Does Eastern Europe have lessons for Brexit Britain?

27678701211_6125a9b158_zSeán Hanley, Senior Lecturer in Comparative Central and East European Politics at UCL, examines lessons learned from historical political change in Central and East Europe, and asks whether any parallels can be drawn with post-Brexit Britain.

In the aftermath of the EU referendum a number of Central and South East Europeanists wrote blogs reflecting on possible parallels between Brexit and break-ups of multinational socialist states like Yugoslavia and Czechoslovakia in early 1990s.

There are certainly parallels to be drawn.  They lie, as Catherine Baker notes, often in the political dynamics of exiting a large multi-national structure: the desire of smaller nations (Scotland) to ‘exit the exit’; the woes of asymmetric federalism, where nations ina multinational union have varying degrees of autonomy; the changeable nature of public opinion; the EU as a symbol of modernisation and liberalism (the ‘March for Europe’, and the normalisation of  radical positions through by media coverage – and now social media ‘echo chambers). Continue reading

Some thoughts on the psycho-geography of Europe’s free movement

hoffmannEastern European migration takes place in a very different context than it once did. Eva Hoffman, author and essayist, asks what drives people to leave, and what drives them back again? This piece is part of the UCL European Institute’s commissioning partnership with openDemocracy.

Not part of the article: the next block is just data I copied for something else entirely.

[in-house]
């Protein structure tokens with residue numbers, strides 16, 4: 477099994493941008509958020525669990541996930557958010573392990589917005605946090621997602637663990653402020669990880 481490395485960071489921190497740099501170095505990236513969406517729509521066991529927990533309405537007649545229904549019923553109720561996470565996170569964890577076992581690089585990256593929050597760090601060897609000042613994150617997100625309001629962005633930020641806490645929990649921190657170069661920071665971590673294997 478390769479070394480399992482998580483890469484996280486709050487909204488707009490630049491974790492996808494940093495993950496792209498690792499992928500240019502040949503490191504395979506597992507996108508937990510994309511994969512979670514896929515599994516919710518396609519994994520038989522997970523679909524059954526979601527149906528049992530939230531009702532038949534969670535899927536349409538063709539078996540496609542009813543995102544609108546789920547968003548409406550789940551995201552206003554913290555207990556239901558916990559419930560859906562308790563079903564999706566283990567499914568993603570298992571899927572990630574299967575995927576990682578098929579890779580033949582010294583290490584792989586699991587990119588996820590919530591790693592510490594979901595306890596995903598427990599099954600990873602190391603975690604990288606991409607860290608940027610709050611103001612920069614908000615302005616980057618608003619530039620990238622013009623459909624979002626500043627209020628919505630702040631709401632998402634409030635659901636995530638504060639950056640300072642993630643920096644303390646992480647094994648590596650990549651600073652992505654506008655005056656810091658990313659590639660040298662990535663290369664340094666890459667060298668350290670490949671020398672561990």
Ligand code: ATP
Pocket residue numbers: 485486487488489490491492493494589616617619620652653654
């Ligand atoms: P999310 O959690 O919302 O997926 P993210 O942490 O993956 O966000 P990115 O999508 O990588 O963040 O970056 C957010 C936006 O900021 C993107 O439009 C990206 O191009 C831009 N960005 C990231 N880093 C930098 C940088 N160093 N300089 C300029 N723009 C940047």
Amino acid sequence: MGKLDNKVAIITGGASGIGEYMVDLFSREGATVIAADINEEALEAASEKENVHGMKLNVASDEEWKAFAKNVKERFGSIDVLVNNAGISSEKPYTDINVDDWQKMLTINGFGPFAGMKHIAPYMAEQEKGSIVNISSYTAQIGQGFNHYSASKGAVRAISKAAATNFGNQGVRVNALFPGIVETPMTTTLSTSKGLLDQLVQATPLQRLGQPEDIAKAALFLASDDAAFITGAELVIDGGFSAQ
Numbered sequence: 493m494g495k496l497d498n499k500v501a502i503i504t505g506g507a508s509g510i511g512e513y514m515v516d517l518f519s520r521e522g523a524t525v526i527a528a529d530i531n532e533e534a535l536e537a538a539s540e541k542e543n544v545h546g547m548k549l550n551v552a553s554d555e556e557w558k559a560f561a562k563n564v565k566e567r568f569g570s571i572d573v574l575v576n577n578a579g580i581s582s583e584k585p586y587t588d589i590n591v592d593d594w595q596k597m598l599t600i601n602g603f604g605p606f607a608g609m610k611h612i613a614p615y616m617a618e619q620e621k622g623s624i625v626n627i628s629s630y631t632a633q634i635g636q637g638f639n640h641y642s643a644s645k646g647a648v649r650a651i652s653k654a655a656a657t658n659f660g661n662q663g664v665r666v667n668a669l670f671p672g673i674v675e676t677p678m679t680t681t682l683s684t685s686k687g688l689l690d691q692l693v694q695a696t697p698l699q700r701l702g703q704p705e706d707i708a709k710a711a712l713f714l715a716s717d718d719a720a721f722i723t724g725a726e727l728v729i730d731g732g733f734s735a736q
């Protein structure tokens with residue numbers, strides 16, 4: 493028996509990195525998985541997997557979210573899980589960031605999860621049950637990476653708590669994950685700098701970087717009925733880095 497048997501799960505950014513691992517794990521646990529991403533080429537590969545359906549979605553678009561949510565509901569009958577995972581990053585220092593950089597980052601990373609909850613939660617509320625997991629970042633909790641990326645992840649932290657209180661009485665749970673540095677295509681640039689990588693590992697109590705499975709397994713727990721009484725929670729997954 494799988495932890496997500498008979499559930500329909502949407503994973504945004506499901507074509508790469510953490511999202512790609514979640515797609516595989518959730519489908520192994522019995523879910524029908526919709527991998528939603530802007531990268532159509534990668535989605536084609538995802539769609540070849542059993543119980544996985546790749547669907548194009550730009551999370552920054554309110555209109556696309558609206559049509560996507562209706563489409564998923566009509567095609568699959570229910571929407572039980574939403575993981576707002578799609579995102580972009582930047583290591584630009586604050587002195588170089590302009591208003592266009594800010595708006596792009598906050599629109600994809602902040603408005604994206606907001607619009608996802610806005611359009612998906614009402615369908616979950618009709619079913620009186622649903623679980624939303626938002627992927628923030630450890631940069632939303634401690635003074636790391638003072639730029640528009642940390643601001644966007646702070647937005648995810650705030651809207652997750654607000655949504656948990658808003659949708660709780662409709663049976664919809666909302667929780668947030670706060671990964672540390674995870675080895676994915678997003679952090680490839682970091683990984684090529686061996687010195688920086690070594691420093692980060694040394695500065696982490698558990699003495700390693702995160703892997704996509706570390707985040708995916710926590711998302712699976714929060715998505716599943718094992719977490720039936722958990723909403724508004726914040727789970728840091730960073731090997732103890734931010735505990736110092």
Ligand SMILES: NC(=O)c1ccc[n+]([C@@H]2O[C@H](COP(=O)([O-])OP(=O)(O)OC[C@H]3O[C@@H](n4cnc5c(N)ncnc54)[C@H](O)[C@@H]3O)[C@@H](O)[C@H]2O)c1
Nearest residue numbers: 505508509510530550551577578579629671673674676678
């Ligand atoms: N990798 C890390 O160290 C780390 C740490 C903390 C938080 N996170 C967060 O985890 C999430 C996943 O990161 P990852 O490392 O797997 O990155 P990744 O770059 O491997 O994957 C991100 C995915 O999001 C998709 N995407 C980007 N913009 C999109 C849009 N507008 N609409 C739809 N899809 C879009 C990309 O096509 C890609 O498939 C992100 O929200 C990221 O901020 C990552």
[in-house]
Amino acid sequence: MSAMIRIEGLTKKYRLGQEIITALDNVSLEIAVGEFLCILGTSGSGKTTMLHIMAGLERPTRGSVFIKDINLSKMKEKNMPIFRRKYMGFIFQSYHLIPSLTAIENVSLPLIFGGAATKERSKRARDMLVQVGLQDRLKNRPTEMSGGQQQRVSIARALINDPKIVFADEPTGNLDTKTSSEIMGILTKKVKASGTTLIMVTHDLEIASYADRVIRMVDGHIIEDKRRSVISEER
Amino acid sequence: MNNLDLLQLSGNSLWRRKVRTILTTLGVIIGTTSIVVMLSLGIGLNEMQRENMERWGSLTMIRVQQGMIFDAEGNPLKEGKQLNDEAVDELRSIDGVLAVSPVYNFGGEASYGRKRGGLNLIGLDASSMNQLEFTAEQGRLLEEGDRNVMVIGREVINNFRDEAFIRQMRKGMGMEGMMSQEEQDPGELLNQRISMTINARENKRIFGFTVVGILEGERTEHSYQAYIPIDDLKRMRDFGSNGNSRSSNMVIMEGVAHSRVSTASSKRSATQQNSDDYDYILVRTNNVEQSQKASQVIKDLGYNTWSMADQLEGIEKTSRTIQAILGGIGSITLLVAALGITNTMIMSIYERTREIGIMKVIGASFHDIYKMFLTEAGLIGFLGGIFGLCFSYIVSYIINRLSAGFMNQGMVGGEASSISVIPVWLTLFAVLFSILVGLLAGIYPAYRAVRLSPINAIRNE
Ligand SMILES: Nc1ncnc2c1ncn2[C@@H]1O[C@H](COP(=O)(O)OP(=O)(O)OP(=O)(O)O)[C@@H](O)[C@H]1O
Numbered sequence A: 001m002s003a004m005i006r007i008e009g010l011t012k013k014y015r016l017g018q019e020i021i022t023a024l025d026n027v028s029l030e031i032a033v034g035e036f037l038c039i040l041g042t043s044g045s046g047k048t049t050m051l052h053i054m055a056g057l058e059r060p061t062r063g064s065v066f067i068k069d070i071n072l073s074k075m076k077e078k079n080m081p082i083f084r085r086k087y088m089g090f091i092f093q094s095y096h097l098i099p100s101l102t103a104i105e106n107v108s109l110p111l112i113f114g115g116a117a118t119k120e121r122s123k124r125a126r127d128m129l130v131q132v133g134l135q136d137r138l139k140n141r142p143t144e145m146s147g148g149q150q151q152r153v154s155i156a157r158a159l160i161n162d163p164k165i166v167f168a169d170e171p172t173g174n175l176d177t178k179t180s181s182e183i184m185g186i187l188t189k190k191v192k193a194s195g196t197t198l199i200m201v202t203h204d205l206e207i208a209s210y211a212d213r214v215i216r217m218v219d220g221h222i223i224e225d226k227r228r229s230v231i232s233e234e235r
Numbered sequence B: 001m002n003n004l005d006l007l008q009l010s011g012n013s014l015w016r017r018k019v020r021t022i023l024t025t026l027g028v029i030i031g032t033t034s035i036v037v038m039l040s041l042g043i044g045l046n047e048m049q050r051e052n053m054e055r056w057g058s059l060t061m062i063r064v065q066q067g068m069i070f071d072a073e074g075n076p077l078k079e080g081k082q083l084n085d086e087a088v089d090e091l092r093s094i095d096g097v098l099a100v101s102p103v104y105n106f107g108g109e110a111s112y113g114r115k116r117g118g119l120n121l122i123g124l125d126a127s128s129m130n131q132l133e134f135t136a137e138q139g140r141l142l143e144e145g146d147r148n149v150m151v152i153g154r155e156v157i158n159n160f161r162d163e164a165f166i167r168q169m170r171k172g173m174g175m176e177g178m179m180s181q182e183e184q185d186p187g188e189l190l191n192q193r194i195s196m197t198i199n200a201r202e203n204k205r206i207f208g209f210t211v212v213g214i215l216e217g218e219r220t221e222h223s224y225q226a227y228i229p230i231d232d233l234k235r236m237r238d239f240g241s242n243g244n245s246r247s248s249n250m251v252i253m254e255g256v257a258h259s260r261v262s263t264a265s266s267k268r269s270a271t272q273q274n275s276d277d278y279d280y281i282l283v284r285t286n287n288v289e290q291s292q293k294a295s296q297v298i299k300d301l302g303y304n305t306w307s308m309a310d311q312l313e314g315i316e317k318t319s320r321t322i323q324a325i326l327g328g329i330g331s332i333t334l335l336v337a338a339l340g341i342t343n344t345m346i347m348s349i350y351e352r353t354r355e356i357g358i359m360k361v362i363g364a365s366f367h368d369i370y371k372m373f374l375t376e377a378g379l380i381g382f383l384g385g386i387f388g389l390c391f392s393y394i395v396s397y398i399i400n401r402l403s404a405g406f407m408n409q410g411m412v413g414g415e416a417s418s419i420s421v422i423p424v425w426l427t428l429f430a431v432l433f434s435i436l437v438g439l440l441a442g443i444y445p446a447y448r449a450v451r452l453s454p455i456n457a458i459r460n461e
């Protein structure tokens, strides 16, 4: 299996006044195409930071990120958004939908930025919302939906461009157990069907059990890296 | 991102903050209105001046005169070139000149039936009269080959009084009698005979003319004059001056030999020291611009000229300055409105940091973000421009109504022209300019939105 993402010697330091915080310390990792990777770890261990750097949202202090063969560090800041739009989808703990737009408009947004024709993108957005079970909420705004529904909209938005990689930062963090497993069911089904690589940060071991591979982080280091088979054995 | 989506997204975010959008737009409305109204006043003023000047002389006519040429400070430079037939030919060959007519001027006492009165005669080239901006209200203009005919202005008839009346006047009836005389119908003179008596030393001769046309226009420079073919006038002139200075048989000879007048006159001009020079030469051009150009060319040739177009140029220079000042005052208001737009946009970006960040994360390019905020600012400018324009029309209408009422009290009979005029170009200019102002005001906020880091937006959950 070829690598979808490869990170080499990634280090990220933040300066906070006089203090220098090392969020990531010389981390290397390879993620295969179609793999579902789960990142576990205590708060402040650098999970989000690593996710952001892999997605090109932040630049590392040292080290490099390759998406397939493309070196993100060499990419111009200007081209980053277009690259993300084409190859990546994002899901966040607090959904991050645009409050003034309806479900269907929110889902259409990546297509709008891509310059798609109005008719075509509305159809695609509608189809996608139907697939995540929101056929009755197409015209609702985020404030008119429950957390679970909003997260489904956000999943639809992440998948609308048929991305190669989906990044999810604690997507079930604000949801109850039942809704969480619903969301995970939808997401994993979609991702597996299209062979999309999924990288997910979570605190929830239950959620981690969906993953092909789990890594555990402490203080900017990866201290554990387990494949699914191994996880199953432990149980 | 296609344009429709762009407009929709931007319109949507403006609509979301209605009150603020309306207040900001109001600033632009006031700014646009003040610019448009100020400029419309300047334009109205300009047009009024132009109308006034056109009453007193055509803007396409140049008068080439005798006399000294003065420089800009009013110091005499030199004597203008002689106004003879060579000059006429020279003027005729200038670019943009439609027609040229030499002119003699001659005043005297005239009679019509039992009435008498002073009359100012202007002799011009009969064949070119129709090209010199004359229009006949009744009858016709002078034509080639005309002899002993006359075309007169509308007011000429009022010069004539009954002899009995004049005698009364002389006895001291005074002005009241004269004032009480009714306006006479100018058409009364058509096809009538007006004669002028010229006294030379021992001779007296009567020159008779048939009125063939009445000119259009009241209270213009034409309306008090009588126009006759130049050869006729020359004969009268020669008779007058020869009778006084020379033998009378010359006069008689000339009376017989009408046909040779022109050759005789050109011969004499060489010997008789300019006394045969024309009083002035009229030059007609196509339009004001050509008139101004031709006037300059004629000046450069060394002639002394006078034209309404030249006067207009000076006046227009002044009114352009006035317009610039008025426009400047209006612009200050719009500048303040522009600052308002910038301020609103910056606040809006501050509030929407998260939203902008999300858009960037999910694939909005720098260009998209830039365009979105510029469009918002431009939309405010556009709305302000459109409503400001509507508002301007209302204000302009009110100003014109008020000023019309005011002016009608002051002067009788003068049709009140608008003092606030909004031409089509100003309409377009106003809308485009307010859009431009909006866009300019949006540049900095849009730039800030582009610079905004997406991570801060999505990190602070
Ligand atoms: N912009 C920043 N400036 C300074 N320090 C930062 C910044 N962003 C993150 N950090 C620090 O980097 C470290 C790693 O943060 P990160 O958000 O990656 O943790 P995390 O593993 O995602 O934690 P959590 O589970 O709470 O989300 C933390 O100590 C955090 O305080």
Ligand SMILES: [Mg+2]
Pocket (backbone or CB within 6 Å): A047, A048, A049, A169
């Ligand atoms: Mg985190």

Cross-national movements – as we are all too aware these days – come in different forms and categories, reflected in the various designations we use for those who leave one country for another. There are immigrants and guest workers, refugees and exiles, émigrés and expatriates – terms that point to distinct kinds of social, but also perhaps socio-psychological experience. The different circumstances surrounding individual migration and the wider political or cultural contexts within which it takes place can have enormous practical and psychic repercussions. It matters greatly, for starters, whether you choose to leave or were forced to; it matters whether you’re coming to a new land unprotected and unprovided for, or whether you can expect, or transport, some kind of safety net. For the countries of intake, it matters how many come and what they are able to bring with them, what they need and what they can potentially contribute. Continue reading